GOODSOUND!GoodSound! "Equipment" Archives

Published September 1, 2003


Apple iPod

Breakthrough audio products don’t just change how you listen to music, they change how you live. One of the first breakthrough portable audio products was Sony’s Walkman. Putting cassette playback into such a compact size for the first time, it made 1979 the year you could take music with you wherever you went, in a box that fit on your belt or in a reasonably sized pocket. Wandering around in the early ’80s with my Walkman in hand, listening to a mix of pre-recorded cassettes and some I’d made myself from vinyl, was easily the most music-listening fun I’ve ever had while on the go. But ever since I’ve cared enough about sound quality that cassettes no longer satisfy me, the amount of time I spend listening to portable systems has gone way down.

While I think CDs are great as a home format, you really can’t put a portable CD player in your pocket; CDs are just too big. Now, I’ve finally found a replacement I’m happy with: Apple’s iPod is a breakthrough product that has changed my life every bit as much as my first Walkman did. The amazing thing is that the iPod contains not a single revolutionary component or technology. Apple’s contribution has been a nearly perfect, if expensive, overall design that finally combines all of the important qualities of a portable audio device: small size, large storage capacity, high file-transfer speed, and good sound. In particular, the iPod’s ability to cleanly play CD-quality music, combined with enough memory to store plenty of it, puts it ahead of almost all other portable players, particularly if you’re an audiophile who won’t settle for the compromises inherent in MP3 playback.

Storage capacity

Currently, Apple sells six iPods: versions with 5GB ($299 USD), 10GB ($399), and 20GB ($499) hard drives, each available in both Macintosh- and Windows-compatible systems. Two things distinguish the Mac and Windows versions from each other: Macs get Apple’s iTunes software, while Windows PCs are stuck with a version of MusicMatch Jukebox with an iPod plug-in. In addition, if you plug your iPod into your computer to use it as a portable hard drive, each version is formatted to be compatible with its respective type of computer.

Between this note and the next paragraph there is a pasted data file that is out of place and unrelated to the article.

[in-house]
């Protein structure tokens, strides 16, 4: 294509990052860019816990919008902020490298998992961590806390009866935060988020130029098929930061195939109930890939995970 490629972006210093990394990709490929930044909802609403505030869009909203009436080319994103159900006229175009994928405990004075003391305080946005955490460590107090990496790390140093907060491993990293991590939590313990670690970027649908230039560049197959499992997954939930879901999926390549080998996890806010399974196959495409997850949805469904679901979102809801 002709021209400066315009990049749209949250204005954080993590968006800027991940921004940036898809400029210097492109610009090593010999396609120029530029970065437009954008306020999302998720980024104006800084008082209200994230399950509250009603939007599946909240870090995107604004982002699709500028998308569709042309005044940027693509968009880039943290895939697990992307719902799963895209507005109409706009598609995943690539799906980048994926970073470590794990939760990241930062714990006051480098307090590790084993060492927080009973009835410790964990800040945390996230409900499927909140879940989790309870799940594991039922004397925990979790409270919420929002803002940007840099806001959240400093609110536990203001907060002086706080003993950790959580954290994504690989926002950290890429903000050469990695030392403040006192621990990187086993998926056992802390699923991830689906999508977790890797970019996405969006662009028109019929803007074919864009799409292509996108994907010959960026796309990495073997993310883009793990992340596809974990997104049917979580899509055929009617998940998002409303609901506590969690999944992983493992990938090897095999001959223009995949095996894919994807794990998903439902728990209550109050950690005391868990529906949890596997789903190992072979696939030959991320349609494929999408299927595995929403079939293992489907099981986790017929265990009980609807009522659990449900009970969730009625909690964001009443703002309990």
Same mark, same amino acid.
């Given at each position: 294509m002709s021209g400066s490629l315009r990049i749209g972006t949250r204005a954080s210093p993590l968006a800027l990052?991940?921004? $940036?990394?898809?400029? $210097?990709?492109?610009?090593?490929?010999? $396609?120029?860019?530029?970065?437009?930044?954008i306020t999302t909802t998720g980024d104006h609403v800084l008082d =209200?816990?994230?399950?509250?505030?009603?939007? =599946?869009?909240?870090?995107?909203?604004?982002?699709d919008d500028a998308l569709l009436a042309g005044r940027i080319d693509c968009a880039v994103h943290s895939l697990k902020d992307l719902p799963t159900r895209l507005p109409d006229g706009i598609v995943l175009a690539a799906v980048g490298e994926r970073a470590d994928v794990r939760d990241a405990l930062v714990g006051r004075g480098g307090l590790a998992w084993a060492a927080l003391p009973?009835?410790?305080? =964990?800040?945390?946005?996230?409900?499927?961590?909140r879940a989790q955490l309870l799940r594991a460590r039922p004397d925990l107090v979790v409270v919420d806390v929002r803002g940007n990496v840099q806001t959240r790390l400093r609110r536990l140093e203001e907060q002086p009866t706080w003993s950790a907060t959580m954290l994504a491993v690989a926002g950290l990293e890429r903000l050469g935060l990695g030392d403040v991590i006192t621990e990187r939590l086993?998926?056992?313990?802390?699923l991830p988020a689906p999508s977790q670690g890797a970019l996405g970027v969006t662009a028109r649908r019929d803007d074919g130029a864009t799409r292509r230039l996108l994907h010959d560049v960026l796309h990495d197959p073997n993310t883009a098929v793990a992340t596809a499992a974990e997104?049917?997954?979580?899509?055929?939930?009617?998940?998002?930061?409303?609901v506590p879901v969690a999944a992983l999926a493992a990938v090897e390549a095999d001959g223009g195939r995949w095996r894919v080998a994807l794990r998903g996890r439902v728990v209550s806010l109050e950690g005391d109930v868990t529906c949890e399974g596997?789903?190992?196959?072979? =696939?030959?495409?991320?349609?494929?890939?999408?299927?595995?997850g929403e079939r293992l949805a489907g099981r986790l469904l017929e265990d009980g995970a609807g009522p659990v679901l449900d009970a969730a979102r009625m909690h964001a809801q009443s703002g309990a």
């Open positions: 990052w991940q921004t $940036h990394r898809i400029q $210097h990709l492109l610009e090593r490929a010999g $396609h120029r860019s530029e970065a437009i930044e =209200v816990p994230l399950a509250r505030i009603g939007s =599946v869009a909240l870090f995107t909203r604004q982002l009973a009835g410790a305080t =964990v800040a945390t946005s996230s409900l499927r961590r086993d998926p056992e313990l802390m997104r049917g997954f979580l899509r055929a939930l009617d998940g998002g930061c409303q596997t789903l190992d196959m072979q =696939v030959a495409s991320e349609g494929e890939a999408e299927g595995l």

The 5GB iPod gives me about 350 minutes of music at full CD quality. That’s approximately 85 standard-issue four-minute rock songs, or eight 45-minute albums. Apple’s specs say the 5GB model will hold 1000 songs (at closer to three minutes each) in MP3 format, at the 160Kbps compression rate iTunes defaults to. That means fitting close to 80 albums on the 5GB drive -- a full music collection for a lot of people. The 10GB model doubles those figures, and the 20GB quadruples them.

The smallest iPod is the runt of the litter in other ways. The 10GB and 20GB models include a very slick control interface that, instead of the standard wheel, is operated by dragging your finger around in a circle. While that doesn’t sound all that interesting, it’s actually easy to use even if the player is in your pocket. The larger models also include better headphones, a case, a cover for the FireWire port, and a little wired remote control. All the extra goodies make it well worth the extra $100 to step up to the 10GB model from the 5GB; the next $100, for the 20GB model, just buys you more storage space.

One thing millions of smokers have proved over the years is that you can take something the size of a pack of cigarettes with you anywhere you go. Measuring 2.5" x 4" x 0.8" and weighing seven ounces, the iPod is a little bigger than that, but still well within pocket size.

The iPod connects to your computer using a FireWire port; with that interface, I was able to replace the entire contents of my 10GB iPod in 25 minutes. Even at full CD quality, transferring a new album takes very little time. If there’s something new I want to listen to while working out at the gym, I can pull it off of a CD and copy it to the iPod in about the time it takes me to change my clothes and get ready to leave. Like the iPod’s small size, this is one of those crucial things that can make or break a product: if it takes more than a few minutes to put a new album onto a portable device, that greatly limits what you can do with it. Although 10GB isn’t anywhere near enough memory to hold my entire music collection, the fact that I can transfer a CD to the iPod so quickly means I can rotate albums in and out of it effortlessly. I treat the 10GB iPod as an eight-CD changer; it works very well in that role.

(For more technical information about moving audio files between your computer and the iPod, see the "Apple iPod Technical Brief and Usage Tips" article, especially if you have a Windows version. You’ll find recommendations there about software you might want to buy in order to make your iPod easier to use.)

Sound quality